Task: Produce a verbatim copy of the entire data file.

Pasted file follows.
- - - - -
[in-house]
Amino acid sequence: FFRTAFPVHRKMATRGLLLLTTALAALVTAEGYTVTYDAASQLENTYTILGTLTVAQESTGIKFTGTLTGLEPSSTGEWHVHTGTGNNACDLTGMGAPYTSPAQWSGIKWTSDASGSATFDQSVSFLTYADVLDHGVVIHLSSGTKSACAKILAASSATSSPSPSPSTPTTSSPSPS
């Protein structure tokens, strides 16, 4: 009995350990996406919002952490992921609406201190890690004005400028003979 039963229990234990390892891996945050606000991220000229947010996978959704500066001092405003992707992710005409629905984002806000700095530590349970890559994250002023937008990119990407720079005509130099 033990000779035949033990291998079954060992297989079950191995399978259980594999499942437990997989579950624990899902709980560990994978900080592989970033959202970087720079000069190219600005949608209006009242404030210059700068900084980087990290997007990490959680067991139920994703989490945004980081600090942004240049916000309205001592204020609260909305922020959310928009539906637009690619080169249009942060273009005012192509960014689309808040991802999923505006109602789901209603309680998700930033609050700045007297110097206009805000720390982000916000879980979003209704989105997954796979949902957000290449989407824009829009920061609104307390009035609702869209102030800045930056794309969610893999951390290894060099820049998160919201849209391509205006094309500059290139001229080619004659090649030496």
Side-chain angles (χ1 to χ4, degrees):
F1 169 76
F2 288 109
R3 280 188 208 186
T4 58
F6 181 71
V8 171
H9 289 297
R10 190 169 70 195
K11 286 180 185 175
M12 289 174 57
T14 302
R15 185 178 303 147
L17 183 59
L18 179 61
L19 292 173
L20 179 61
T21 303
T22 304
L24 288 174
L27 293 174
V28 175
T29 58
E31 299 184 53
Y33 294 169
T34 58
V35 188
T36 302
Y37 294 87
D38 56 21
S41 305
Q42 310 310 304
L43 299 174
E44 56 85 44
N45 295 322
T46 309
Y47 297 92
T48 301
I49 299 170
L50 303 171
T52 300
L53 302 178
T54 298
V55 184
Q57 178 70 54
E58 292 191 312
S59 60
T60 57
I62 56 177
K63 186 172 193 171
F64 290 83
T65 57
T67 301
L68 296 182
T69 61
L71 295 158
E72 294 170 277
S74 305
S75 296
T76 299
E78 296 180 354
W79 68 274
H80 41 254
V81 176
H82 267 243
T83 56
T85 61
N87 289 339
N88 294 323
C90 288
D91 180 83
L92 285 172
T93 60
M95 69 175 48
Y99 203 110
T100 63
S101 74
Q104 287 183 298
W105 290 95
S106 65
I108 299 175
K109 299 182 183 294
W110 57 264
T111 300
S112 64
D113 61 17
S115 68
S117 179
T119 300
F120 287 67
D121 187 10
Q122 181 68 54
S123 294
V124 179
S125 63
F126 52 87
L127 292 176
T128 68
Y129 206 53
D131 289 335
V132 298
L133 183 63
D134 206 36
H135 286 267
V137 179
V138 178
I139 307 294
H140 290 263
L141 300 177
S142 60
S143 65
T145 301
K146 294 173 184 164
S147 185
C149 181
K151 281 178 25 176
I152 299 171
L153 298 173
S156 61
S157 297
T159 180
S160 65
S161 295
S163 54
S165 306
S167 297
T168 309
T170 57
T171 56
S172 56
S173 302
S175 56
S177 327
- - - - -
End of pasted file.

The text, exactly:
[in-house]
Amino acid sequence: FFRTAFPVHRKMATRGLLLLTTALAALVTAEGYTVTYDAASQLENTYTILGTLTVAQESTGIKFTGTLTGLEPSSTGEWHVHTGTGNNACDLTGMGAPYTSPAQWSGIKWTSDASGSATFDQSVSFLTYADVLDHGVVIHLSSGTKSACAKILAASSATSSPSPSPSTPTTSSPSPS
């Protein structure tokens, strides 16, 4: 009995350990996406919002952490992921609406201190890690004005400028003979 039963229990234990390892891996945050606000991220000229947010996978959704500066001092405003992707992710005409629905984002806000700095530590349970890559994250002023937008990119990407720079005509130099 033990000779035949033990291998079954060992297989079950191995399978259980594999499942437990997989579950624990899902709980560990994978900080592989970033959202970087720079000069190219600005949608209006009242404030210059700068900084980087990290997007990490959680067991139920994703989490945004980081600090942004240049916000309205001592204020609260909305922020959310928009539906637009690619080169249009942060273009005012192509960014689309808040991802999923505006109602789901209603309680998700930033609050700045007297110097206009805000720390982000916000879980979003209704989105997954796979949902957000290449989407824009829009920061609104307390009035609702869209102030800045930056794309969610893999951390290894060099820049998160919201849209391509205006094309500059290139001229080619004659090649030496």
Side-chain angles (χ1 to χ4, degrees):
F1 169 76
F2 288 109
R3 280 188 208 186
T4 58
F6 181 71
V8 171
H9 289 297
R10 190 169 70 195
K11 286 180 185 175
M12 289 174 57
T14 302
R15 185 178 303 147
L17 183 59
L18 179 61
L19 292 173
L20 179 61
T21 303
T22 304
L24 288 174
L27 293 174
V28 175
T29 58
E31 299 184 53
Y33 294 169
T34 58
V35 188
T36 302
Y37 294 87
D38 56 21
S41 305
Q42 310 310 304
L43 299 174
E44 56 85 44
N45 295 322
T46 309
Y47 297 92
T48 301
I49 299 170
L50 303 171
T52 300
L53 302 178
T54 298
V55 184
Q57 178 70 54
E58 292 191 312
S59 60
T60 57
I62 56 177
K63 186 172 193 171
F64 290 83
T65 57
T67 301
L68 296 182
T69 61
L71 295 158
E72 294 170 277
S74 305
S75 296
T76 299
E78 296 180 354
W79 68 274
H80 41 254
V81 176
H82 267 243
T83 56
T85 61
N87 289 339
N88 294 323
C90 288
D91 180 83
L92 285 172
T93 60
M95 69 175 48
Y99 203 110
T100 63
S101 74
Q104 287 183 298
W105 290 95
S106 65
I108 299 175
K109 299 182 183 294
W110 57 264
T111 300
S112 64
D113 61 17
S115 68
S117 179
T119 300
F120 287 67
D121 187 10
Q122 181 68 54
S123 294
V124 179
S125 63
F126 52 87
L127 292 176
T128 68
Y129 206 53
D131 289 335
V132 298
L133 183 63
D134 206 36
H135 286 267
V137 179
V138 178
I139 307 294
H140 290 263
L141 300 177
S142 60
S143 65
T145 301
K146 294 173 184 164
S147 185
C149 181
K151 281 178 25 176
I152 299 171
L153 298 173
S156 61
S157 297
T159 180
S160 65
S161 295
S163 54
S165 306
S167 297
T168 309
T170 57
T171 56
S172 56
S173 302
S175 56
S177 327